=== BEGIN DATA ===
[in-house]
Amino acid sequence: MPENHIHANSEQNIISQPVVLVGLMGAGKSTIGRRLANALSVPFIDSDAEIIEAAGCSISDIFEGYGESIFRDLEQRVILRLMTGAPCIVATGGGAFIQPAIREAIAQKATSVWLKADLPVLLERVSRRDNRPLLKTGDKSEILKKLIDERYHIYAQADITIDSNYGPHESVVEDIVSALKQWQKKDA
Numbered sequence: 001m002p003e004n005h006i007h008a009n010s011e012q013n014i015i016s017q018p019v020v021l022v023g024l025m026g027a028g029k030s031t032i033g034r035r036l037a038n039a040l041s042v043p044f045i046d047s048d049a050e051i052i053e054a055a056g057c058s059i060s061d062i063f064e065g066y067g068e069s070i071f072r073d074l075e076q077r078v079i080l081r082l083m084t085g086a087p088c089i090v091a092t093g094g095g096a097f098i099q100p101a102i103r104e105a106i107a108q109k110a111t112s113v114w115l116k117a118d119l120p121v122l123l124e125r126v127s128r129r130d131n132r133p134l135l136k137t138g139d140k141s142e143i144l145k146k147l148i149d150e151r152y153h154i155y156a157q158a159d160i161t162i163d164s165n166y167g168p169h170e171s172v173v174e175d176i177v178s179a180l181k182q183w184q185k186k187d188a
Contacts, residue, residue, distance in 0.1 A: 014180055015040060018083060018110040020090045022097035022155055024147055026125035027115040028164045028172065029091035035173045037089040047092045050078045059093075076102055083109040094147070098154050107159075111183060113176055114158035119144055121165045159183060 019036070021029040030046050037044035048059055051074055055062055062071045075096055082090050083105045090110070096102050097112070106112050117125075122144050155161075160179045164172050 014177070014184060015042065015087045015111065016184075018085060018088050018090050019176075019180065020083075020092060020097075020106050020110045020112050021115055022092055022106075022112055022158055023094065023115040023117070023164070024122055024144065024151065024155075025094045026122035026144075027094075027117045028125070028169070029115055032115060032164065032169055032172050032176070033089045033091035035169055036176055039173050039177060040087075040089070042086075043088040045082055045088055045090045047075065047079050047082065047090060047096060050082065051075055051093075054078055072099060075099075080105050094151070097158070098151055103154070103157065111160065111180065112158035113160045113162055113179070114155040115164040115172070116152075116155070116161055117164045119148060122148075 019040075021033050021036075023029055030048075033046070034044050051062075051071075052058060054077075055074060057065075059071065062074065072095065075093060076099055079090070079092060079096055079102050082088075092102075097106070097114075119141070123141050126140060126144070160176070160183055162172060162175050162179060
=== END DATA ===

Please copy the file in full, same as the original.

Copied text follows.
[in-house]
Amino acid sequence: MPENHIHANSEQNIISQPVVLVGLMGAGKSTIGRRLANALSVPFIDSDAEIIEAAGCSISDIFEGYGESIFRDLEQRVILRLMTGAPCIVATGGGAFIQPAIREAIAQKATSVWLKADLPVLLERVSRRDNRPLLKTGDKSEILKKLIDERYHIYAQADITIDSNYGPHESVVEDIVSALKQWQKKDA
Numbered sequence: 001m002p003e004n005h006i007h008a009n010s011e012q013n014i015i016s017q018p019v020v021l022v023g024l025m026g027a028g029k030s031t032i033g034r035r036l037a038n039a040l041s042v043p044f045i046d047s048d049a050e051i052i053e054a055a056g057c058s059i060s061d062i063f064e065g066y067g068e069s070i071f072r073d074l075e076q077r078v079i080l081r082l083m084t085g086a087p088c089i090v091a092t093g094g095g096a097f098i099q100p101a102i103r104e105a106i107a108q109k110a111t112s113v114w115l116k117a118d119l120p121v122l123l124e125r126v127s128r129r130d131n132r133p134l135l136k137t138g139d140k141s142e143i144l145k146k147l148i149d150e151r152y153h154i155y156a157q158a159d160i161t162i163d164s165n166y167g168p169h170e171s172v173v174e175d176i177v178s179a180l181k182q183w184q185k186k187d188a
Contacts, residue, residue, distance in 0.1 A: 014180055015040060018083060018110040020090045022097035022155055024147055026125035027115040028164045028172065029091035035173045037089040047092045050078045059093075076102055083109040094147070098154050107159075111183060113176055114158035119144055121165045159183060 019036070021029040030046050037044035048059055051074055055062055062071045075096055082090050083105045090110070096102050097112070106112050117125075122144050155161075160179045164172050 014177070014184060015042065015087045015111065016184075018085060018088050018090050019176075019180065020083075020092060020097075020106050020110045020112050021115055022092055022106075022112055022158055023094065023115040023117070023164070024122055024144065024151065024155075025094045026122035026144075027094075027117045028125070028169070029115055032115060032164065032169055032172050032176070033089045033091035035169055036176055039173050039177060040087075040089070042086075043088040045082055045088055045090045047075065047079050047082065047090060047096060050082065051075055051093075054078055072099060075099075080105050094151070097158070098151055103154070103157065111160065111180065112158035113160045113162055113179070114155040115164040115172070116152075116155070116161055117164045119148060122148075 019040075021033050021036075023029055030048075033046070034044050051062075051071075052058060054077075055074060057065075059071065062074065072095065075093060076099055079090070079092060079096055079102050082088075092102075097106070097114075119141070123141050126140060126144070160176070160183055162172060162175050162179060